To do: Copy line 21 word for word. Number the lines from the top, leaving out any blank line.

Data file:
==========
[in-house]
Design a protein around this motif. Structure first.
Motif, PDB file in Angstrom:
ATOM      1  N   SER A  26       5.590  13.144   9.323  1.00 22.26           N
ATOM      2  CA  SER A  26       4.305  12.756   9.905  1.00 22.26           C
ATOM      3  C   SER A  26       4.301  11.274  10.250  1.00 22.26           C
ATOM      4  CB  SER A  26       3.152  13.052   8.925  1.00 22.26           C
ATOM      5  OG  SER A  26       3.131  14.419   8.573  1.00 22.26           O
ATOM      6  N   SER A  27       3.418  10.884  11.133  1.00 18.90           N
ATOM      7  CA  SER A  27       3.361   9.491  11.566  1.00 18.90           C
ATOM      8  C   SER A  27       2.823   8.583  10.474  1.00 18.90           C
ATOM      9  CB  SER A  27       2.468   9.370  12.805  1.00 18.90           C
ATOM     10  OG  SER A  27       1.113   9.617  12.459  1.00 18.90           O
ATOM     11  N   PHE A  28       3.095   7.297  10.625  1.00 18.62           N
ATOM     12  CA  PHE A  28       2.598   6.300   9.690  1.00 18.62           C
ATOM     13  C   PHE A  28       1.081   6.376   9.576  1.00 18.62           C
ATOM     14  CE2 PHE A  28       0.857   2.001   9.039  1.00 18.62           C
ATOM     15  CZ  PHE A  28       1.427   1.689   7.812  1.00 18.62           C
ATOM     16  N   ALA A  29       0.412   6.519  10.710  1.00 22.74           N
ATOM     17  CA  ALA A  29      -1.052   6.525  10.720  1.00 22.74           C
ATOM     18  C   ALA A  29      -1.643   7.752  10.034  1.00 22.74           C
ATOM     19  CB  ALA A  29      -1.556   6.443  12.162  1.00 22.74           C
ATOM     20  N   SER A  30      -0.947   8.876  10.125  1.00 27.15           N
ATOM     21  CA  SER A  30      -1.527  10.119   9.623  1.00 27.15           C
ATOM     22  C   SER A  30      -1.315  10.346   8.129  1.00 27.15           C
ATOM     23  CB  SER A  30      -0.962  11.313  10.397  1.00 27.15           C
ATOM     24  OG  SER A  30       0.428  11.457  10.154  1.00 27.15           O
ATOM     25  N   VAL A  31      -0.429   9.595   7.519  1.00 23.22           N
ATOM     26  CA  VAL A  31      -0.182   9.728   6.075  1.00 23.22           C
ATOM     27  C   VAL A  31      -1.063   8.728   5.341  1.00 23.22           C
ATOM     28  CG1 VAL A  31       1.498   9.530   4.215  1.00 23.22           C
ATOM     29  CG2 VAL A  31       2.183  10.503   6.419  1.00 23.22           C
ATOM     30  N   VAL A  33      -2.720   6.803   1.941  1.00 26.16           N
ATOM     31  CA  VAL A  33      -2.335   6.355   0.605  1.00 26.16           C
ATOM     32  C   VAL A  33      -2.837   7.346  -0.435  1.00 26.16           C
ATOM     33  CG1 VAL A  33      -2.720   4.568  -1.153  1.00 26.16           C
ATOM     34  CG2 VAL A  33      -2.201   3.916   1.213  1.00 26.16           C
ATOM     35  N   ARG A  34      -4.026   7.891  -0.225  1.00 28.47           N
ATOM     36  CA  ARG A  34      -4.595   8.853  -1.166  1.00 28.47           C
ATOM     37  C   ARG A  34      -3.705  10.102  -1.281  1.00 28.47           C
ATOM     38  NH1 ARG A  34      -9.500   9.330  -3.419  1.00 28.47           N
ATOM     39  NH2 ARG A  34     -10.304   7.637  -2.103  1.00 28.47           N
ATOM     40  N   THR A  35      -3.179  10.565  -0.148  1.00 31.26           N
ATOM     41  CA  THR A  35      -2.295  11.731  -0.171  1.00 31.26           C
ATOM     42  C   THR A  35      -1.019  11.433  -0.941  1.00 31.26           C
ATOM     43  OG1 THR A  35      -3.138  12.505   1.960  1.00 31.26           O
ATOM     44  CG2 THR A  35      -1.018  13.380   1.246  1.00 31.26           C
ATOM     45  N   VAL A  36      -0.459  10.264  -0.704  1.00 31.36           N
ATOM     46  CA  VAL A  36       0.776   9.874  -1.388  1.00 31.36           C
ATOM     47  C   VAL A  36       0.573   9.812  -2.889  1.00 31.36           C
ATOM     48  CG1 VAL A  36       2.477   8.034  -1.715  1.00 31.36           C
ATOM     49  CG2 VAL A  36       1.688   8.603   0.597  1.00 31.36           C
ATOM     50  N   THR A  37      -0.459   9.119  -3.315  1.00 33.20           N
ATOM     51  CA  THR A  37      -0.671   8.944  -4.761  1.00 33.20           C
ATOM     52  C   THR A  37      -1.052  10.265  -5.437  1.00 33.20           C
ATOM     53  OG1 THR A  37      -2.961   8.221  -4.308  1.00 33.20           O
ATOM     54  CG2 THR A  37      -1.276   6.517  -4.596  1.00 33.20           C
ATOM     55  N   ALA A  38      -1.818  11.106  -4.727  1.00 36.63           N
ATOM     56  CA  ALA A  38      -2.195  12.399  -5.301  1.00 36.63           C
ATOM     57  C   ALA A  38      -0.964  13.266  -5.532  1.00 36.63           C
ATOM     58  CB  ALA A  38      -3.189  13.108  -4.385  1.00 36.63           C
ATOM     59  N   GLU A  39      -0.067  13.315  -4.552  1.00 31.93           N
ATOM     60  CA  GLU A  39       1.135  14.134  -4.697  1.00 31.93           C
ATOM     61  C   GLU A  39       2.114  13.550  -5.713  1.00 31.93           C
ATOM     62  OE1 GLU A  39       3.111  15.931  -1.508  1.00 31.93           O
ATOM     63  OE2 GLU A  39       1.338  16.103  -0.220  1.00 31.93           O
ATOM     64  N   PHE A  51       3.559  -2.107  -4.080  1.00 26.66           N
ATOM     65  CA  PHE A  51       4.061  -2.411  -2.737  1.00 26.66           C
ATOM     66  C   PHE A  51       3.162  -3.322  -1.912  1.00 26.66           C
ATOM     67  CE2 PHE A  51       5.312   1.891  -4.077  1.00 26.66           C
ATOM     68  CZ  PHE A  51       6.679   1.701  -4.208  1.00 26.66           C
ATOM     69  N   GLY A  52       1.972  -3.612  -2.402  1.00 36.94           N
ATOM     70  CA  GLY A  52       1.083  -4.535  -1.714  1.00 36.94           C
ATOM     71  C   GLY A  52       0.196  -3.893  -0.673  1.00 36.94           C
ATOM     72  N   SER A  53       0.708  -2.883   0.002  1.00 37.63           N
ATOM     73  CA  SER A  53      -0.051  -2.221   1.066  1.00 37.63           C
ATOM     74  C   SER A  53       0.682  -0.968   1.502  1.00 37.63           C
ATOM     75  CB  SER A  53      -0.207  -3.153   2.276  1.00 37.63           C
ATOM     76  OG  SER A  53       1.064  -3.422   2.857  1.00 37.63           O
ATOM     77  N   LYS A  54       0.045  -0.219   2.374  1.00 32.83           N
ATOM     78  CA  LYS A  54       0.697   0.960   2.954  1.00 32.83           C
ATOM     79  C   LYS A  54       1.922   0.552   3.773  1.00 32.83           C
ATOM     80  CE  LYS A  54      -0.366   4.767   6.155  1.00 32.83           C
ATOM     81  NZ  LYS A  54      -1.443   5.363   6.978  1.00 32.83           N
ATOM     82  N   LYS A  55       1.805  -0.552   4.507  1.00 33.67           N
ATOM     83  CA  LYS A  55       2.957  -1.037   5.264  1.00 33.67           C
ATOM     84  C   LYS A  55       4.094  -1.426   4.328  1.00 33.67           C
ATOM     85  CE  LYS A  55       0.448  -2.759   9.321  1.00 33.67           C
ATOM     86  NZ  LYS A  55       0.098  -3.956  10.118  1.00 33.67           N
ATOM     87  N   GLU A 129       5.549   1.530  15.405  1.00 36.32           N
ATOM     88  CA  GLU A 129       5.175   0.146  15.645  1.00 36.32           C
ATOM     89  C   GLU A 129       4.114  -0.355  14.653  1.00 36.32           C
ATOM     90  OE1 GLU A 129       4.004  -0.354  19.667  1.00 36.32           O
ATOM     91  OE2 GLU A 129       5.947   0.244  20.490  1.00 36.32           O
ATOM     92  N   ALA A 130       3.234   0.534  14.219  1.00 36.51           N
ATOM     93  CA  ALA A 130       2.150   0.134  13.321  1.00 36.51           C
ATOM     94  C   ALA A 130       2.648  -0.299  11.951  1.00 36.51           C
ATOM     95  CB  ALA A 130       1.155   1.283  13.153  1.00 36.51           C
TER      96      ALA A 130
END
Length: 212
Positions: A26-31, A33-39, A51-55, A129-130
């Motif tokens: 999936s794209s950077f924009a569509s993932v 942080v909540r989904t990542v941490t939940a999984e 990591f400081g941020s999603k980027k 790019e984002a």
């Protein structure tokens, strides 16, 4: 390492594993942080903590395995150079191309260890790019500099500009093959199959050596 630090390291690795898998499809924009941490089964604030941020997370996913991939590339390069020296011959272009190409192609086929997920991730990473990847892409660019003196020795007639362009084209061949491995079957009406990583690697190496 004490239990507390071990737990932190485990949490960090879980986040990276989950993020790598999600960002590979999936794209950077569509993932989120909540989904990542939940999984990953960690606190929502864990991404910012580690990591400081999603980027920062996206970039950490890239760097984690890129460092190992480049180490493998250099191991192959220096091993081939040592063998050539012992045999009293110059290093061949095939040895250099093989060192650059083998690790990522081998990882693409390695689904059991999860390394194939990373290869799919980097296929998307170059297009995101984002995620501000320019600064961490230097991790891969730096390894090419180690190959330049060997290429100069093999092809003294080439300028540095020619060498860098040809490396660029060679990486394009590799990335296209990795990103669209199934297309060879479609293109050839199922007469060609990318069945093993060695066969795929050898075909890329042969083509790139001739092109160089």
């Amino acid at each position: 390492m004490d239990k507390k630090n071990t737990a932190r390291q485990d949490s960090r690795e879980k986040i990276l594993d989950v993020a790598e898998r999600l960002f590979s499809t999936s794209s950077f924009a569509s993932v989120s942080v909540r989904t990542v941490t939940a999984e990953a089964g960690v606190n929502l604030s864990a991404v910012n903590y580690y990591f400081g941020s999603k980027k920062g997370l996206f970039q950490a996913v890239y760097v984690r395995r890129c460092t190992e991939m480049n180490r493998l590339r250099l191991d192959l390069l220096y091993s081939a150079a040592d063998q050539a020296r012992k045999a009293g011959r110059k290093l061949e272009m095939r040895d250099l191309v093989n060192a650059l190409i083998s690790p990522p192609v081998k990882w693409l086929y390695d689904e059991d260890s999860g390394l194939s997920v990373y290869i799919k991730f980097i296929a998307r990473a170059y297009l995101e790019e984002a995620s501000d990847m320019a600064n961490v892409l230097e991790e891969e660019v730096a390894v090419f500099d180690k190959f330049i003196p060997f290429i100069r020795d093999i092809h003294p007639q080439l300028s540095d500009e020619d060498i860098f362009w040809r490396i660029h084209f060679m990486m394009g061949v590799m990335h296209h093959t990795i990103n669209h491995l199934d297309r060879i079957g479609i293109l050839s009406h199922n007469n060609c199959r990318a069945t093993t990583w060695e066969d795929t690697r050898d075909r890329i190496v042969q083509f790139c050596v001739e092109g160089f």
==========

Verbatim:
ATOM     18  C   ALA A  29      -1.643   7.752  10.034  1.00 22.74           C